CAIRO – An Egyptian lawyer said on Saturday that he and other people had initiated legal proceedings to force the country's parliament to debate the amendment of a constitutional clause banning President Abdel-Fattah el- Sissi to seek a third term in 2022.
Lawyer, Ayman Abdel-Hakim Ramadan, told the Associated Press that a Cairo court would hold its first hearing in the case on December 23.
El-Sissi said he would not ask for a third term but was not adamant about it – saying for example that he would not stay unless the Egyptians wanted it. The country's constitution provides for a maximum of two four-year terms.
Ramadan said his "love" and "admiration" for a leader who had done so much for Egypt had motivated his rankings. But the case could be the first step in a campaign to create a favorable climate for the idea of amending the constitution. It could also help measure popular sentiment on the issue.
However, the court could dismiss the case on the grounds that it can not prescribe a course of action to the legislature, according to the prominent lawyer, the lawyer 's rights. man, Mohammed Zaree. "But this court (…) has a reputation for deciding on issues that are clearly not part of its jurisdiction," he said.
The Parliament, bringing together supporters of el-Sissi, will have to vote on any constitutional amendment, which will also have to be ratified in a national referendum.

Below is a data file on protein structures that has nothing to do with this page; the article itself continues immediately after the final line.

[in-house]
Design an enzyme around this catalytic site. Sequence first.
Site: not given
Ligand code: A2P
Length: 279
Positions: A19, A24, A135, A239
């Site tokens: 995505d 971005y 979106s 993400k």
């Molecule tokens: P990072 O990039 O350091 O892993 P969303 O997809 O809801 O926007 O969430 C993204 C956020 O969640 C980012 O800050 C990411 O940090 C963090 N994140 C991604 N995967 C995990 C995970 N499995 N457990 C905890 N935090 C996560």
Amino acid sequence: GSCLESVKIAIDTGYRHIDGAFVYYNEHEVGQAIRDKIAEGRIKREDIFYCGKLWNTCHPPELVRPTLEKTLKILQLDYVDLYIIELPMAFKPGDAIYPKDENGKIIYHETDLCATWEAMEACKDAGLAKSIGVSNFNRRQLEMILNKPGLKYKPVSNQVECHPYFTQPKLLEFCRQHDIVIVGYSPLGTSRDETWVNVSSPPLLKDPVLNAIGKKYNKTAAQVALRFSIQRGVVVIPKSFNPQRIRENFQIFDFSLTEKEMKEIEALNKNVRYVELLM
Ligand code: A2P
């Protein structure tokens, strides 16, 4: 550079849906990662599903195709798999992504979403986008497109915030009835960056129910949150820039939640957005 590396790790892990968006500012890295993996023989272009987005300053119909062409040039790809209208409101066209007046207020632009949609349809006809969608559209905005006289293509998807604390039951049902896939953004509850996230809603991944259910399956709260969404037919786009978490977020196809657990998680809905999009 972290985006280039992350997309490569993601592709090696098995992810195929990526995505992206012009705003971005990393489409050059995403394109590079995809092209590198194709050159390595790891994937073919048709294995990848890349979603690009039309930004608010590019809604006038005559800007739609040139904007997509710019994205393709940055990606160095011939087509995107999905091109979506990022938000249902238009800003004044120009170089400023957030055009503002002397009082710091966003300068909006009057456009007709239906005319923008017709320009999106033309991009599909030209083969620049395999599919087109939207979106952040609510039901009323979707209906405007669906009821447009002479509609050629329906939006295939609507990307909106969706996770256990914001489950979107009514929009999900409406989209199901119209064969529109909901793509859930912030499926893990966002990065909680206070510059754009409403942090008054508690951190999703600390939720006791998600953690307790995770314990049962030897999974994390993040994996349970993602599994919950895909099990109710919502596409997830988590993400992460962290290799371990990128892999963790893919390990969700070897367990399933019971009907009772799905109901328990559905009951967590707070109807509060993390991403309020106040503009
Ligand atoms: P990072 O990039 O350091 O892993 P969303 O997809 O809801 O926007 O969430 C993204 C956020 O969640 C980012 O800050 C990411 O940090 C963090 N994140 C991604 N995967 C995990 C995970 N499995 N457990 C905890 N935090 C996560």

Ramadan said that el-Sissi had overseen an "incredible" number of achievements since his assumption of the presidency in 2014. "I love al-Sissi so much and I believe in him," he said. "I want him president for life."
Earlier this year, El-Sissi won a second four-year term, showing authoritarian tendencies by practically putting himself to the test, after all potentially serious candidates were jailed or intimidated out of the race.
Since assuming office, he has overseen the biggest crackdown on dissent in Egypt, imprisoning thousands of Islamists with secular and pro-democracy activists, and pushing back freedoms gained at one time. popular uprising of 2011.
He has also worked tirelessly on redesigning the economy, modernizing the country's infrastructure, and building new cities – policies that have earned him enormous praise from Western donors, but which have provoked large price increases at home.
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